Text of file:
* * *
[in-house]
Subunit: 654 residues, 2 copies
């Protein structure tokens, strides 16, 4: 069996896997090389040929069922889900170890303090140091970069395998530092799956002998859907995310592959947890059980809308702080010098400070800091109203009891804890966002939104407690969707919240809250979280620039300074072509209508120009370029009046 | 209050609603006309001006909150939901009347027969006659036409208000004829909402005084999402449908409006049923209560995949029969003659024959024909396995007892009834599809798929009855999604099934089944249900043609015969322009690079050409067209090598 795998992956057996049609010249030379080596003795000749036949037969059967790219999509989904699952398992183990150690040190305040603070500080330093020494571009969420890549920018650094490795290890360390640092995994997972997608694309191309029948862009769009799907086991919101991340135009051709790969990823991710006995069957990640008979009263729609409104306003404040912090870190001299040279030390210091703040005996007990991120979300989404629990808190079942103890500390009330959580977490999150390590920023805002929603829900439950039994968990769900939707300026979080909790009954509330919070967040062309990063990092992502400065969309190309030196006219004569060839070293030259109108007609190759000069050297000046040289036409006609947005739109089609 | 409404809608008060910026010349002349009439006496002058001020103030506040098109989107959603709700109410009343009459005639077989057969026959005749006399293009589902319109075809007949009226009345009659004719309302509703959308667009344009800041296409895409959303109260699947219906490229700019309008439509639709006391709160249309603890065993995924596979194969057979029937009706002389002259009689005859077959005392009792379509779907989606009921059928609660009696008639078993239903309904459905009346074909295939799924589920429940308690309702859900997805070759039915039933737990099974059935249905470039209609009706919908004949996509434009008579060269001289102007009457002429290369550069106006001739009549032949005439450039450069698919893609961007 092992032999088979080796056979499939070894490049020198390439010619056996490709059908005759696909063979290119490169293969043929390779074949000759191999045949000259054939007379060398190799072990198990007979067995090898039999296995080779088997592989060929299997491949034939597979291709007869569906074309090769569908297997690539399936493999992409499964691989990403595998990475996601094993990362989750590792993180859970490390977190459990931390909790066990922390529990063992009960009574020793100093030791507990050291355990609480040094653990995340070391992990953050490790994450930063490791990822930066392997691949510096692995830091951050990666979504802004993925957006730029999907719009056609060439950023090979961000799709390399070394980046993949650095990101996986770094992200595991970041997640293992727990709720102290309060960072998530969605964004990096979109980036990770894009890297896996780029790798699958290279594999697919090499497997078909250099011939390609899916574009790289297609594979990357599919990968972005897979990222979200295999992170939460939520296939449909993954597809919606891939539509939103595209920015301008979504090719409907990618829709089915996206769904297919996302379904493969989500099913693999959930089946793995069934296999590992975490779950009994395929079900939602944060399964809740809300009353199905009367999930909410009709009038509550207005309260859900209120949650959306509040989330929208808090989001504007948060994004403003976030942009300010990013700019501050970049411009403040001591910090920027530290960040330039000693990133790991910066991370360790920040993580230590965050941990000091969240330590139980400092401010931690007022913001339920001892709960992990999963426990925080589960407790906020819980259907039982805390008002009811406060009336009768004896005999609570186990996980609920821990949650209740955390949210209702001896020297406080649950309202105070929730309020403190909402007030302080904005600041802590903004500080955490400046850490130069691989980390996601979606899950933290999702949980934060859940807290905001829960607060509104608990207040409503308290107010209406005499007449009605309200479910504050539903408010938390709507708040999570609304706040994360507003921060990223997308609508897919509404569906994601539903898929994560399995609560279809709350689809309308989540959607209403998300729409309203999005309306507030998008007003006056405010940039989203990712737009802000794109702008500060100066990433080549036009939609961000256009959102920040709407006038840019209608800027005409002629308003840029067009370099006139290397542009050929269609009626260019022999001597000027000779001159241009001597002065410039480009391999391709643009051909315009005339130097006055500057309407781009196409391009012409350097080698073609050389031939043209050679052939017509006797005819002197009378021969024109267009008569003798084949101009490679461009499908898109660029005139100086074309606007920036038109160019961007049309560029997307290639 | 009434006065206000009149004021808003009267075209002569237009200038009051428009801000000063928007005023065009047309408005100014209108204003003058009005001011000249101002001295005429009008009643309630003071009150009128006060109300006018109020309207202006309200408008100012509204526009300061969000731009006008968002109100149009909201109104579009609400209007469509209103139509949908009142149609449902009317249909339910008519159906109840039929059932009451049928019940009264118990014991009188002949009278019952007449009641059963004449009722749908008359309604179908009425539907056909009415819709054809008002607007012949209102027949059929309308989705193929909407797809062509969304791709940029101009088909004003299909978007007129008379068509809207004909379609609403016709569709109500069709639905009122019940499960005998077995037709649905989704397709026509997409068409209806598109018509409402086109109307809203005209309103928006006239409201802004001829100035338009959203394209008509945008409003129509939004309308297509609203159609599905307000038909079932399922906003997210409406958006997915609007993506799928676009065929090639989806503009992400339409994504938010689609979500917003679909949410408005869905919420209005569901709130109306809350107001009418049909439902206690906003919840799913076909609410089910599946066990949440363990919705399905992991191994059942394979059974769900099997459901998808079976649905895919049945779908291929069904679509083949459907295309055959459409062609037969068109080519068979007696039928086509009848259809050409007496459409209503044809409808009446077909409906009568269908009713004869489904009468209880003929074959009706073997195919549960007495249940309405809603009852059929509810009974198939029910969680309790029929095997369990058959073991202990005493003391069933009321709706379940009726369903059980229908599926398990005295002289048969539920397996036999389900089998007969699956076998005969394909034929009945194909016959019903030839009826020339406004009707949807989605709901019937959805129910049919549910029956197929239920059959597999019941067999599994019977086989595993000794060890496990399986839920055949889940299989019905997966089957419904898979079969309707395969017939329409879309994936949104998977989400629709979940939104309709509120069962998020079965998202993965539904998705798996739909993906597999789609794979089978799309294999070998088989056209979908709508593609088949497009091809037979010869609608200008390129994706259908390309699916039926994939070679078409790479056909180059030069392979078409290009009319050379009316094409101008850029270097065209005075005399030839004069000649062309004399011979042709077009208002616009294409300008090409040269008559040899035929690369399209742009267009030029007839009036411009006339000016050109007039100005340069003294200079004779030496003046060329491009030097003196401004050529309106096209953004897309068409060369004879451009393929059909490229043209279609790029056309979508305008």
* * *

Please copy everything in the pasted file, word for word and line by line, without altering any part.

[in-house]
Subunit: 654 residues, 2 copies
């Protein structure tokens, strides 16, 4: 069996896997090389040929069922889900170890303090140091970069395998530092799956002998859907995310592959947890059980809308702080010098400070800091109203009891804890966002939104407690969707919240809250979280620039300074072509209508120009370029009046 | 209050609603006309001006909150939901009347027969006659036409208000004829909402005084999402449908409006049923209560995949029969003659024959024909396995007892009834599809798929009855999604099934089944249900043609015969322009690079050409067209090598 795998992956057996049609010249030379080596003795000749036949037969059967790219999509989904699952398992183990150690040190305040603070500080330093020494571009969420890549920018650094490795290890360390640092995994997972997608694309191309029948862009769009799907086991919101991340135009051709790969990823991710006995069957990640008979009263729609409104306003404040912090870190001299040279030390210091703040005996007990991120979300989404629990808190079942103890500390009330959580977490999150390590920023805002929603829900439950039994968990769900939707300026979080909790009954509330919070967040062309990063990092992502400065969309190309030196006219004569060839070293030259109108007609190759000069050297000046040289036409006609947005739109089609 | 409404809608008060910026010349002349009439006496002058001020103030506040098109989107959603709700109410009343009459005639077989057969026959005749006399293009589902319109075809007949009226009345009659004719309302509703959308667009344009800041296409895409959303109260699947219906490229700019309008439509639709006391709160249309603890065993995924596979194969057979029937009706002389002259009689005859077959005392009792379509779907989606009921059928609660009696008639078993239903309904459905009346074909295939799924589920429940308690309702859900997805070759039915039933737990099974059935249905470039209609009706919908004949996509434009008579060269001289102007009457002429290369550069106006001739009549032949005439450039450069698919893609961007 092992032999088979080796056979499939070894490049020198390439010619056996490709059908005759696909063979290119490169293969043929390779074949000759191999045949000259054939007379060398190799072990198990007979067995090898039999296995080779088997592989060929299997491949034939597979291709007869569906074309090769569908297997690539399936493999992409499964691989990403595998990475996601094993990362989750590792993180859970490390977190459990931390909790066990922390529990063992009960009574020793100093030791507990050291355990609480040094653990995340070391992990953050490790994450930063490791990822930066392997691949510096692995830091951050990666979504802004993925957006730029999907719009056609060439950023090979961000799709390399070394980046993949650095990101996986770094992200595991970041997640293992727990709720102290309060960072998530969605964004990096979109980036990770894009890297896996780029790798699958290279594999697919090499497997078909250099011939390609899916574009790289297609594979990357599919990968972005897979990222979200295999992170939460939520296939449909993954597809919606891939539509939103595209920015301008979504090719409907990618829709089915996206769904297919996302379904493969989500099913693999959930089946793995069934296999590992975490779950009994395929079900939602944060399964809740809300009353199905009367999930909410009709009038509550207005309260859900209120949650959306509040989330929208808090989001504007948060994004403003976030942009300010990013700019501050970049411009403040001591910090920027530290960040330039000693990133790991910066991370360790920040993580230590965050941990000091969240330590139980400092401010931690007022913001339920001892709960992990999963426990925080589960407790906020819980259907039982805390008002009811406060009336009768004896005999609570186990996980609920821990949650209740955390949210209702001896020297406080649950309202105070929730309020403190909402007030302080904005600041802590903004500080955490400046850490130069691989980390996601979606899950933290999702949980934060859940807290905001829960607060509104608990207040409503308290107010209406005499007449009605309200479910504050539903408010938390709507708040999570609304706040994360507003921060990223997308609508897919509404569906994601539903898929994560399995609560279809709350689809309308989540959607209403998300729409309203999005309306507030998008007003006056405010940039989203990712737009802000794109702008500060100066990433080549036009939609961000256009959102920040709407006038840019209608800027005409002629308003840029067009370099006139290397542009050929269609009626260019022999001597000027000779001159241009001597002065410039480009391999391709643009051909315009005339130097006055500057309407781009196409391009012409350097080698073609050389031939043209050679052939017509006797005819002197009378021969024109267009008569003798084949101009490679461009499908898109660029005139100086074309606007920036038109160019961007049309560029997307290639 | 009434006065206000009149004021808003009267075209002569237009200038009051428009801000000063928007005023065009047309408005100014209108204003003058009005001011000249101002001295005429009008009643309630003071009150009128006060109300006018109020309207202006309200408008100012509204526009300061969000731009006008968002109100149009909201109104579009609400209007469509209103139509949908009142149609449902009317249909339910008519159906109840039929059932009451049928019940009264118990014991009188002949009278019952007449009641059963004449009722749908008359309604179908009425539907056909009415819709054809008002607007012949209102027949059929309308989705193929909407797809062509969304791709940029101009088909004003299909978007007129008379068509809207004909379609609403016709569709109500069709639905009122019940499960005998077995037709649905989704397709026509997409068409209806598109018509409402086109109307809203005209309103928006006239409201802004001829100035338009959203394209008509945008409003129509939004309308297509609203159609599905307000038909079932399922906003997210409406958006997915609007993506799928676009065929090639989806503009992400339409994504938010689609979500917003679909949410408005869905919420209005569901709130109306809350107001009418049909439902206690906003919840799913076909609410089910599946066990949440363990919705399905992991191994059942394979059974769900099997459901998808079976649905895919049945779908291929069904679509083949459907295309055959459409062609037969068109080519068979007696039928086509009848259809050409007496459409209503044809409808009446077909409906009568269908009713004869489904009468209880003929074959009706073997195919549960007495249940309405809603009852059929509810009974198939029910969680309790029929095997369990058959073991202990005493003391069933009321709706379940009726369903059980229908599926398990005295002289048969539920397996036999389900089998007969699956076998005969394909034929009945194909016959019903030839009826020339406004009707949807989605709901019937959805129910049919549910029956197929239920059959597999019941067999599994019977086989595993000794060890496990399986839920055949889940299989019905997966089957419904898979079969309707395969017939329409879309994936949104998977989400629709979940939104309709509120069962998020079965998202993965539904998705798996739909993906597999789609794979089978799309294999070998088989056209979908709508593609088949497009091809037979010869609608200008390129994706259908390309699916039926994939070679078409790479056909180059030069392979078409290009009319050379009316094409101008850029270097065209005075005399030839004069000649062309004399011979042709077009208002616009294409300008090409040269008559040899035929690369399209742009267009030029007839009036411009006339000016050109007039100005340069003294200079004779030496003046060329491009030097003196401004050529309106096209953004897309068409060369004879451009393929059909490229043209279609790029056309979508305008």